Why you need to find your market’s pain point

If a prospect has a need, they may be willing to spend time with you. But that’s probably all they’ll really end up spending. On the other hand, if they have a problem – that is; too much of a bad thing or too little of a good thing – they may then be willing to actually spend money… and this is the kind of prospect you want to be spending your time on.

A problem is a bad thing for the prospect, but an opportunity for you – a gap, deficiency or impediment, even a fear that something bad may happen in the future (risk). A problem needs to be addressed immediately and gives both parties (the prospect and the seller) something substantial to capitalize on.
Often, people like to self-diagnose and say “this is what I need”, when in fact they may be completely off the mark. To overcome the issue of self-diagnosis you should always ask your prospects the question “what is the problem that you are trying to solve?” This way, you can step around the self-professed need statement and delve into what is troubling the prospect together.
As a challenger salesperson, it is important to focus on one single problem that your company is the best at solving so that the prospect views your ability to solve that problem as exceptional. If you can prove that your company will provide the best possible solution for the agreed problem, the prospect is more likely to spend money with you fixing that problem.
In other words, you should not just want to meet needs, as this will not guarantee you an inflow of revenue. You should work on finding the pain point that will give you the opportunity to respond with matchless solutions. In turn, this will better your chances of earning revenue from the prospect.
Let’s clarify from the outset that understanding the difference between a prospect with a need and one with a problem is imperative if you want to gain new clients and increase profits. Especially in B2B marketing, it is the difference between time and resources being wasted to get nowhere and focusing efforts to get to where you want to be.
If a prospect has a need, they may be willing to spend time with you. But that’s probably all they’ll really end up spending. On the other hand, if they have a problem – that is; too much of a bad thing or too little of a good thing – they may then be willing to actually spend money… and this is the kind of prospect you want to be spending your time on.
A problem is a bad thing for the prospect, but an opportunity for you – a gap, deficiency or impediment, even a fear that something bad may happen in the future (risk). A problem needs to be addressed immediately and gives both parties (the prospect and the seller) something substantial to capitalize on.
Often, people like to self-diagnose and say “this is what I need”, when in fact they may be completely off the mark. To overcome the issue of self-diagnosis you should always ask your prospects the question “what is the problem that you are trying to solve?” This way, you can step around the self-professed need statement and delve into what is troubling the prospect together.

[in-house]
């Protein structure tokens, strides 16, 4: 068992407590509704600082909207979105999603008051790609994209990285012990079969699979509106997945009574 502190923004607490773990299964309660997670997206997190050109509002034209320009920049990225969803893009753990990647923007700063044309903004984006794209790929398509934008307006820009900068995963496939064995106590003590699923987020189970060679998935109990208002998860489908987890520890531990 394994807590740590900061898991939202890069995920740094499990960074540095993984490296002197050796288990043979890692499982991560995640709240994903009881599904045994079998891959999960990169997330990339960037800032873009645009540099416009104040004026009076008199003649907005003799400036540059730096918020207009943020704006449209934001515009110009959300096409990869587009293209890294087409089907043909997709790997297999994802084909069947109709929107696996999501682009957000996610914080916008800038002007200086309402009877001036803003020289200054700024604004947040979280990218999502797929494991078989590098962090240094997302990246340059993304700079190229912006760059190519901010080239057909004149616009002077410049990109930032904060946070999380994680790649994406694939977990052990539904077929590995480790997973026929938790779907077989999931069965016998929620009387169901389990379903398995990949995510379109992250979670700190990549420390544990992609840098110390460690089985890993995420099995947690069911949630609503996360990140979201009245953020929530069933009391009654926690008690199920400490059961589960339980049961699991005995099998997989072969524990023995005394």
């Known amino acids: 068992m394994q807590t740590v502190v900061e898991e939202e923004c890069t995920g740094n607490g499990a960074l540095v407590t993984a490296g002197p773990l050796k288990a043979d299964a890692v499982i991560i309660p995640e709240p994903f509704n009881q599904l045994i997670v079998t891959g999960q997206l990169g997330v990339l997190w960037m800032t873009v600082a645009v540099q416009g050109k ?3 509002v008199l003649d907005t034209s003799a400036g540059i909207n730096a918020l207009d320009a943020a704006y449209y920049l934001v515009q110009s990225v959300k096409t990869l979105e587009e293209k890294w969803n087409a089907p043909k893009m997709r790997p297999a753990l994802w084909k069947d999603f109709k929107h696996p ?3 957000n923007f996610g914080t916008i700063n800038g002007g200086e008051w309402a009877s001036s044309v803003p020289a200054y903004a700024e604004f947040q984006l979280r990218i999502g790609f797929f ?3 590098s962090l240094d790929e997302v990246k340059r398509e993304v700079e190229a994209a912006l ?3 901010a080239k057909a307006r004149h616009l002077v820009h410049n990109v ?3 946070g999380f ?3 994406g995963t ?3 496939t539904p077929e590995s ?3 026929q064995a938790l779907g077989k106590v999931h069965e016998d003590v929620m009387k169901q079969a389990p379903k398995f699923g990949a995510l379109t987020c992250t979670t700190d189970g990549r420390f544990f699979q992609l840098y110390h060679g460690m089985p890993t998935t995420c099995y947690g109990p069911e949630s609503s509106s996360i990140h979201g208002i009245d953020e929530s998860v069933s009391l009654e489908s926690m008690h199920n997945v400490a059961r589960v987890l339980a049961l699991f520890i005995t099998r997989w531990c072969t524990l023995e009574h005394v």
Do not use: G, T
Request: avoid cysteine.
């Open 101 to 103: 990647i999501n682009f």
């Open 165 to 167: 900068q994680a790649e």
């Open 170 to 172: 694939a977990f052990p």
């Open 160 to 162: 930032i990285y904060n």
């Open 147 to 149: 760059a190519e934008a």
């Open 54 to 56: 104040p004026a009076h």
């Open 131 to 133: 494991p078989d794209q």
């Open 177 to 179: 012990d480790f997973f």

As a challenger salesperson, it is important to focus on one single problem that your company is the best at solving so that the prospect views your ability to solve that problem as exceptional. If you can prove that your company will provide the best possible solution for the agreed problem, the prospect is more likely to spend money with you fixing that problem.
In other words, you should not just want to meet needs, as this will not guarantee you an inflow of revenue. You should work on finding the pain point that will give you the opportunity to respond with matchless solutions. In turn, this will better your chances of earning revenue from the prospect.
Let’s clarify from the outset that understanding the difference between a prospect with a need and one with a problem is imperative if you want to gain new clients and increase profits. Especially in B2B marketing, it is the difference between time and resources being wasted to get nowhere and focusing efforts to get to where you want to be.
If a prospect has a need, they may be willing to spend time with you. But that’s probably all they’ll really end up spending. On the other hand, if they have a problem – that is; too much of a bad thing or too little of a good thing – they may then be willing to actually spend money… and this is the kind of prospect you want to be spending your time on.
A problem is a bad thing for the prospect, but an opportunity for you – a gap, deficiency or impediment, even a fear that something bad may happen in the future (risk). A problem needs to be addressed immediately and gives both parties (the prospect and the seller) something substantial to capitalize on.
Often, people like to self-diagnose and say “this is what I need”, when in fact they may be completely off the mark. To overcome the issue of self-diagnosis you should always ask your prospects the question “what is the problem that you are trying to solve?” This way, you can step around the self-professed need statement and delve into what is troubling the prospect together.
As a challenger salesperson, it is important to focus on one single problem that your company is the best at solving so that the prospect views your ability to solve that problem as exceptional. If you can prove that your company will provide the best possible solution for the agreed problem, the prospect is more likely to spend money with you fixing that problem.
In other words, you should not just want to meet needs, as this will not guarantee you an inflow of revenue. You should work on finding the pain point that will give you the opportunity to respond with matchless solutions. In turn, this will better your chances of earning revenue from the prospect.
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